It's a small world may be the attraction everyone loves to make fun of, but its popularity has endured for almost 45 years. The bigger passengers of the 21st century may be giving the fleet of boats and the old flume a workout, but the brilliant simplicity of that original ride system allows for up to 2,500 riders per hour to cycle through the 15 minute long attraction with rarely more than a 10 minute line. And the popularity of the Holiday version keeps people coming back for more year after year.

Can they put it all back together?

Teenagers may cringe at the thought of riding it's a small world, but on an average Saturday the old ride can easily see 35,000 or more people float through in one day. Those kind of numbers attest to the simple Walt Disney charm the ride delighted people with at the New York World's Fair, and that still attract tens of thousands of riders per day decades later. It's a small world remains one of the most popular rides at Disneyland, and it should get a new lease on life with this massive 10 month refurbishment.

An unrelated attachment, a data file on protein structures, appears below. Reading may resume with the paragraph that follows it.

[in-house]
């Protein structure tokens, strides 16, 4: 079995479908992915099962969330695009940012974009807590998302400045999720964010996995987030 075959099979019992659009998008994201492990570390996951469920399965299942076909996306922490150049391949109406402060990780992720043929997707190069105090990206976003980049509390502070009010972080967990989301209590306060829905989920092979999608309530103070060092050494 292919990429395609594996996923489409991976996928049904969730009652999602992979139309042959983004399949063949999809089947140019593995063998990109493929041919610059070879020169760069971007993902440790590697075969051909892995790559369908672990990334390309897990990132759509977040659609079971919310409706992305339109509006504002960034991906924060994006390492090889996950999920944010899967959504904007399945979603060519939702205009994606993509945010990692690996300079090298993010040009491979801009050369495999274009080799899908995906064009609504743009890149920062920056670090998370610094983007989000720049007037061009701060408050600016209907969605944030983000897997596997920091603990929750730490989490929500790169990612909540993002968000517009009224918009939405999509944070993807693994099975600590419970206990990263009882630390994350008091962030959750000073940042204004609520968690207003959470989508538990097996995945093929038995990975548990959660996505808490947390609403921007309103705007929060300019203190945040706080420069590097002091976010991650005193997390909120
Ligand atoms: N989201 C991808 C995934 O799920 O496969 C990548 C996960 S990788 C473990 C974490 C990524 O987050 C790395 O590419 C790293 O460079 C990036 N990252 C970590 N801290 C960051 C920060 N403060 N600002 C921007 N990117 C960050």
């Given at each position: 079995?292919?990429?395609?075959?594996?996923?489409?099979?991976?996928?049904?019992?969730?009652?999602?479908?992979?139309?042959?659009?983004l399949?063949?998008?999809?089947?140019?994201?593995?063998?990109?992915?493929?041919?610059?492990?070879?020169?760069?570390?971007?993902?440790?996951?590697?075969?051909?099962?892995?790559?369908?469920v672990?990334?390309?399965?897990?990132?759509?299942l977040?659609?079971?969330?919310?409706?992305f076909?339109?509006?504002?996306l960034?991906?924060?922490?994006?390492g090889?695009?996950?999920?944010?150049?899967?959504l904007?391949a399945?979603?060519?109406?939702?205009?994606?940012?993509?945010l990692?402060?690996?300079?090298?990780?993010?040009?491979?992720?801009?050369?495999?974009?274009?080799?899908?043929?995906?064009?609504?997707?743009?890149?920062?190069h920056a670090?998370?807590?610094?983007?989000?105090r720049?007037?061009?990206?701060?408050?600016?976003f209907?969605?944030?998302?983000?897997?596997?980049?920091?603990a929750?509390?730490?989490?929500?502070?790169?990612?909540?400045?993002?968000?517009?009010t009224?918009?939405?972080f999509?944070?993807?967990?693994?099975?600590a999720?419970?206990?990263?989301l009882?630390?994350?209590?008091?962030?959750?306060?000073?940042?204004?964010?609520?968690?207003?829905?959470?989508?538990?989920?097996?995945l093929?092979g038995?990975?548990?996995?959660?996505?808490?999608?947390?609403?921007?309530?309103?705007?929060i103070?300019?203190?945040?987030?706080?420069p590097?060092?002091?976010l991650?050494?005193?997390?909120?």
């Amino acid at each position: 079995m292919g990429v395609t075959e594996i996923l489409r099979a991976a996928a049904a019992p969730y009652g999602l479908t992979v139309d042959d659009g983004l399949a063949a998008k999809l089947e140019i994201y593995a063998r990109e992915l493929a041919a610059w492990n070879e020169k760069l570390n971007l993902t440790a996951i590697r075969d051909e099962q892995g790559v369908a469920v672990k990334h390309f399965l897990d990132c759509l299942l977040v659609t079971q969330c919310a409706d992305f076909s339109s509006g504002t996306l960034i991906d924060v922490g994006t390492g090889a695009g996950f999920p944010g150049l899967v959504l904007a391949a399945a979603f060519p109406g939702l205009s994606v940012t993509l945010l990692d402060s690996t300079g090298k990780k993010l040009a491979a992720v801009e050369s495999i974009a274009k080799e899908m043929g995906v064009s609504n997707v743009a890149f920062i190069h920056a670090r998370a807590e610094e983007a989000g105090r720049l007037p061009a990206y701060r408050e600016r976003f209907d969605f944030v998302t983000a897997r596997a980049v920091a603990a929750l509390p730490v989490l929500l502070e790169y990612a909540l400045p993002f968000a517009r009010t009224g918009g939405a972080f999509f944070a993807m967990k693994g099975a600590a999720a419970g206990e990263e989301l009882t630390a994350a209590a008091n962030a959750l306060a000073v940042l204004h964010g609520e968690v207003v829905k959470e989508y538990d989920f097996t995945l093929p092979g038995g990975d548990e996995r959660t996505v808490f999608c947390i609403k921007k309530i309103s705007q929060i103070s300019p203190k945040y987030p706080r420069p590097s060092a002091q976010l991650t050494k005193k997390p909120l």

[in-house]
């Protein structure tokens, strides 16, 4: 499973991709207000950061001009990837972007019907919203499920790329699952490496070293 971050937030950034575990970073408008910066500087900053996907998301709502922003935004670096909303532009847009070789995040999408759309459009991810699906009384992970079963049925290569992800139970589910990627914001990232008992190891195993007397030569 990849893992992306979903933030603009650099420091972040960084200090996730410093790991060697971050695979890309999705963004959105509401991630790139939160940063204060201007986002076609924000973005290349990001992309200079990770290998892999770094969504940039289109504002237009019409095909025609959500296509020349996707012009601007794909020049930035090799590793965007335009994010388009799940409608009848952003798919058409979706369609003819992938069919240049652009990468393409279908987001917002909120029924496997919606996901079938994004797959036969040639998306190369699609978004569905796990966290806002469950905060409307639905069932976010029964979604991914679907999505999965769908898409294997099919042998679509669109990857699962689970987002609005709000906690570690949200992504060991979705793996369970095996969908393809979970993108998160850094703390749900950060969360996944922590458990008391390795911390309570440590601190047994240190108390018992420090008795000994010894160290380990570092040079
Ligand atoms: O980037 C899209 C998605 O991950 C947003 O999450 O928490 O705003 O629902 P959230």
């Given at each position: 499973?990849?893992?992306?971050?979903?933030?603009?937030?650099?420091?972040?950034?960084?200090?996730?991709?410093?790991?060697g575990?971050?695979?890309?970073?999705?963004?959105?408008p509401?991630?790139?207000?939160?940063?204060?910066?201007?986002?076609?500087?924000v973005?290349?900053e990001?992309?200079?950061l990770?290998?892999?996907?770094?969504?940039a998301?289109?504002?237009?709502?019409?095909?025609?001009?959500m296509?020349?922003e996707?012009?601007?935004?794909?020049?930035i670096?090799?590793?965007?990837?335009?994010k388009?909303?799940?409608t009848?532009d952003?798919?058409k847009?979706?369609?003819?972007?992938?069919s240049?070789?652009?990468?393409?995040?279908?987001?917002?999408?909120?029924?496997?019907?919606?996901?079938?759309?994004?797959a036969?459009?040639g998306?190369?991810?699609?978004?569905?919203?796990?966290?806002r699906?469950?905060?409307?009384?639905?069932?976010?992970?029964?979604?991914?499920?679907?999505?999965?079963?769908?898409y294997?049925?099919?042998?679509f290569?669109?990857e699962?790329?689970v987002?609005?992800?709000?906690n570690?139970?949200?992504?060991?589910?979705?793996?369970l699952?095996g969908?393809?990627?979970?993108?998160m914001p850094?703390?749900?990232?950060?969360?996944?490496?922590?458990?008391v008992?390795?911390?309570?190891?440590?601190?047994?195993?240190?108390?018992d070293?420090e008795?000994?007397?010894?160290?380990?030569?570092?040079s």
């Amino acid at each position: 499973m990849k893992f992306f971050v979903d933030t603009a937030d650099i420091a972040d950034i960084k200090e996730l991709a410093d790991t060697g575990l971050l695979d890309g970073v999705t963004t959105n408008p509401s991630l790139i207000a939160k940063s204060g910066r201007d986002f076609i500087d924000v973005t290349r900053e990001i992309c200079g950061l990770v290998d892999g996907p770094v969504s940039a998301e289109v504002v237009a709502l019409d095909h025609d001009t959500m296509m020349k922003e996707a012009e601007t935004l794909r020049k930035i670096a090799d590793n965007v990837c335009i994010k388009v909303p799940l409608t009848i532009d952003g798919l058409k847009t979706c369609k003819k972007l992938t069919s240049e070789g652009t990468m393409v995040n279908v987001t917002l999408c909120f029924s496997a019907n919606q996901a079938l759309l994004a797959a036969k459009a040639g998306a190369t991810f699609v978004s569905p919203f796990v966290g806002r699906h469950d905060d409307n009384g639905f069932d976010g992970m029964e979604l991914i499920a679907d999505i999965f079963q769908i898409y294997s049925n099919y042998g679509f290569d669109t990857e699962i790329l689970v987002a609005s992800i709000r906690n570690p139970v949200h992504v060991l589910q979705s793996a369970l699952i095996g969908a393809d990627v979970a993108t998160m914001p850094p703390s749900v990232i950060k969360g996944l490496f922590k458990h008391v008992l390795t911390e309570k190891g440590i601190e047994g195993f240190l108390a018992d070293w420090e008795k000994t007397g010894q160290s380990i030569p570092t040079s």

Dream Fatigue

At about the time it's a small world is closing, over on the other side of the park the newest addition to Disneyland should be opening. The Disneyland Dreams Suite located in the old Disney Gallery is scheduled to open by late January, 2008. Just in time to kick off Jay Rasulo's Second Year of A Million Dream, assuming Jay is still working for Disney by then. There have been more rumors on Jay's resignation in the past 12 months than people can count, but the recent departure of his marketing guru Michael Mendenhall only hastened another round of Rasulo rumors.

Whenever he does leave, there will still be one more year of the Dreams campaign, much to the chagrin of most CM's. Even a year into the current campaign, the Dream Squad CM's are still encountering many people who just won a big prize who wave the Cast Member away and insist they aren't buying whatever it is Disney must be trying to sell them. TDA had to launch and re-launch this campaign twice last year to try to get the rank and file excited about it, and everyone in Anaheim is hoping they don't have to go through the same thing again this year for the 12 month extension.